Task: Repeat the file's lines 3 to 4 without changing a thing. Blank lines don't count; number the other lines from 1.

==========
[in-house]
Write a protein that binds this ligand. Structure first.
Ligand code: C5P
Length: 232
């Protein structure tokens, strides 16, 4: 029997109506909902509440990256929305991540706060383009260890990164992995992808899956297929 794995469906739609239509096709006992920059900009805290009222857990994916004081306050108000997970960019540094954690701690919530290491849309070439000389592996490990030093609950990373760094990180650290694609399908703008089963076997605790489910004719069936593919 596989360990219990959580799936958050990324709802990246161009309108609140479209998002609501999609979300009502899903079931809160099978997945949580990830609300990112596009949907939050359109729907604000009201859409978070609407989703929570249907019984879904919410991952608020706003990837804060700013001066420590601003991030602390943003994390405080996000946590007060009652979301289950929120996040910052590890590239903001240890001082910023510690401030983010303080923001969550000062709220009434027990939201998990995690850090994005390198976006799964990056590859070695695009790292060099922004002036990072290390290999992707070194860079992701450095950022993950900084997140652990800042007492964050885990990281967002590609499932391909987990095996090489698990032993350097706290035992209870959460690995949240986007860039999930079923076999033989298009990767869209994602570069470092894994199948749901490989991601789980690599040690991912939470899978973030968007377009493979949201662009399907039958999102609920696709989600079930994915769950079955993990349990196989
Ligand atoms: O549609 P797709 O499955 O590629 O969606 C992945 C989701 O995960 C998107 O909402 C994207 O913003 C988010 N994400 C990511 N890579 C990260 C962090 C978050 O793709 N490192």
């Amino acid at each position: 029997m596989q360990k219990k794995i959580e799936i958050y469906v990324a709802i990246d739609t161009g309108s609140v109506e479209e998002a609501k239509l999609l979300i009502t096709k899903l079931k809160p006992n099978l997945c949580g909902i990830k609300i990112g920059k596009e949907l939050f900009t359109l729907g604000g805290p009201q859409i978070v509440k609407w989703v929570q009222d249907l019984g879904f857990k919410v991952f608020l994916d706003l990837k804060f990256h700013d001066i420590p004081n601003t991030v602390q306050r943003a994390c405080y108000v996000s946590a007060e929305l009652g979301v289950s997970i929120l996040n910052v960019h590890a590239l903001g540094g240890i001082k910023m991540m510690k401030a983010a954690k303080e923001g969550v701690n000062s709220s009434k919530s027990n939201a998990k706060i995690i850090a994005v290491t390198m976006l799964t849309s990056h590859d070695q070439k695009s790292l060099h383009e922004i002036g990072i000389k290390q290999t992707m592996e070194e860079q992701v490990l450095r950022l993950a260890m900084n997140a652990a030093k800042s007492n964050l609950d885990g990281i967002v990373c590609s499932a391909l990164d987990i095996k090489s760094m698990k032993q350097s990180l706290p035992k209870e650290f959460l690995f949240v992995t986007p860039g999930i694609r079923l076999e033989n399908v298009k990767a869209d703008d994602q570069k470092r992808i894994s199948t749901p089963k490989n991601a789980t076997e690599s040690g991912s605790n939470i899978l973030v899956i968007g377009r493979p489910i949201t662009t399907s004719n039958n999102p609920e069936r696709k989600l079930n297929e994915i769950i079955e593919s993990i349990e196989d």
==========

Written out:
Ligand code: C5P
Length: 232